“Which is worse, do you think? To be dead, or to be forgotten and absorbed into the memory of someone else?”
“I keep telling you, Chris, you’re already dead. I don’t care about being forgotten. Let me sleep!”
In what should have been pitch darkness, Devin cursed every bit of streetlight that leaked into the room through the edges of the blinds. The red spot of light from Carla’s phone charger. The slight hazy illumination of his dead nephew’s soul. They all stole his darkness and kept him awake.
Devin had eaten too much and had a headache from a night of dealing with relatives. The only thing he wanted was to escape his gross body and slip into the bliss of dreams. He pulled the pillow from behind his head and placed it on his face to hold the darkness in his eyes.
“Right,” said Chris, “but like, if you’re forgotten and nobody even knows you ever existed, what was the point of it all? Like, what if the guy we thought invented the laundry press never did?”
Devin pressed the pillow more tightly against his face. Chris’s voice was in his head, so there was no point covering his ears.
“Maybe,” Chris continued, “the guy who really invented it died, but there was another guy with a similar name who was alive at that time and was more famous. Maybe he was a war hero or something. Then maybe some historian made a list of famous olden people and got messed up and attributed the laundry press to the war hero and everyone after that goes by the historian’s list?”
Devin rolled onto his side to face the wall, placing the pillow back under his head.
“Suppose the war hero never knows about the mistake, so he dies without correcting it. Then all the history books have the wrong name in there and the war hero gets to the afterlife to find out everyone thinks he did the thing. But he didn’t! He knows he didn’t invent it!”
Devin sighed. He rolled onto his back again and opened his eyes.
“I don’t know, Chris,” he said. “I don’t even know who invented the laundry press, let alone who gets credit for doing it. How could I possibly know that?”
It had been about four hours since Devin had accidentally gained the ability to communicate with spirits. Those hours had been a strange trip. Even beyond his entire cosmological worldview being shattered. At first he was overwhelmed just to see how many ghosts were in his home, bound there by their worries pertaining to the physical world. Grampa Nelson wanted Devin to know about the thousand dollars hidden in the wall of the attic. Carla’s aunt Millie wanted to punish her sons for their role in her death. Nana Fischer just wanted to tell the kids she loved them. And so on.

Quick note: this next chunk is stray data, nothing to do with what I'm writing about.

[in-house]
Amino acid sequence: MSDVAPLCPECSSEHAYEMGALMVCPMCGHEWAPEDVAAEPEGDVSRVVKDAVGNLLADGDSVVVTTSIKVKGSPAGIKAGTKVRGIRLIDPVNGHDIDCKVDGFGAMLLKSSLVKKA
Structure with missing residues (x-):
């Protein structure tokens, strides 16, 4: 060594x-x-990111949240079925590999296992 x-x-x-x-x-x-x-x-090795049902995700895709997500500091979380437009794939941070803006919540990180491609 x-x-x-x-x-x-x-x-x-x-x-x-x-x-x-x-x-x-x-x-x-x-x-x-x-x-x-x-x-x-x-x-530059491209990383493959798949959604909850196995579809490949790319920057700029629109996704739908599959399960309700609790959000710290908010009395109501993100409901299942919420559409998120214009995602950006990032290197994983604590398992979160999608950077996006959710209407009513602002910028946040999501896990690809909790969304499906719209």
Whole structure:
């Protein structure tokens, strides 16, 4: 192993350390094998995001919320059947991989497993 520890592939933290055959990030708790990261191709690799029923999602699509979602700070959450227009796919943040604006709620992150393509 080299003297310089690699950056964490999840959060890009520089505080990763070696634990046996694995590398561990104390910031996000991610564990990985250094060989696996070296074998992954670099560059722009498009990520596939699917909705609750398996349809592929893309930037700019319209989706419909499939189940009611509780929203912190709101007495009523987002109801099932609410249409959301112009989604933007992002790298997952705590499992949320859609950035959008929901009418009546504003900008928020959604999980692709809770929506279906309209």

An hour later, Devin had helped them all to find some measure of peace and to disconnect them from the mortal world that they’d clung to. They moved on. All but Chris.
“Like,” Chris continued, “What if all ghosts are is the memories of the dead perpetuated in the minds of the living? Like, their memories give us form, you know? If those memories are inaccurate, what happens to the souls attached to them? Does the inventor’s soul wind up intermingled with the war hero’s soul into a ghost that isn’t really either of them?”
As far as Devin could tell, Chris wouldn’t move on not because he was attached to the physical realm, but because he was afraid of what was beyond it.
“Is that new ghost a being of its own? The ghost of someone who never really lived? Is it two tortured souls in one? Does the stronger soul get to live while the weaker is destroyed? And what happens thousands of years down the line when there’s nobody to remember anybody anyway?”
Devin sat up and looked at the wispy unfocused face of his nephew.
“Look, Chris. I don’t know any more about this stuff than you do. Less! Much less, I would assume, give that you are the one who is dead! But I can say this with certainty. If you are worried that our memories of you can twist and somehow harm your soul, I give this solemn promise: If you don’t leave this room and let me sleep, I am going to tell my kids, every day for the next decade, that their cousin Chris was the guy who got arrested for those poop murders back in January. So unless you want your soul mingled with Poop Murder Guy, go away.”
The intangible form of Chris was still for a moment. Silent too. Then, suddenly, like smoke from a stubbed-out butt, Chris was at the ceiling, then gone.
Devin looked at the empty box he’d left on the chair by the door. This was not what he’d expected when Carla had told him she’d left a Medium Pizza in the fridge.
Patrick D Ryall, the D is for Gusto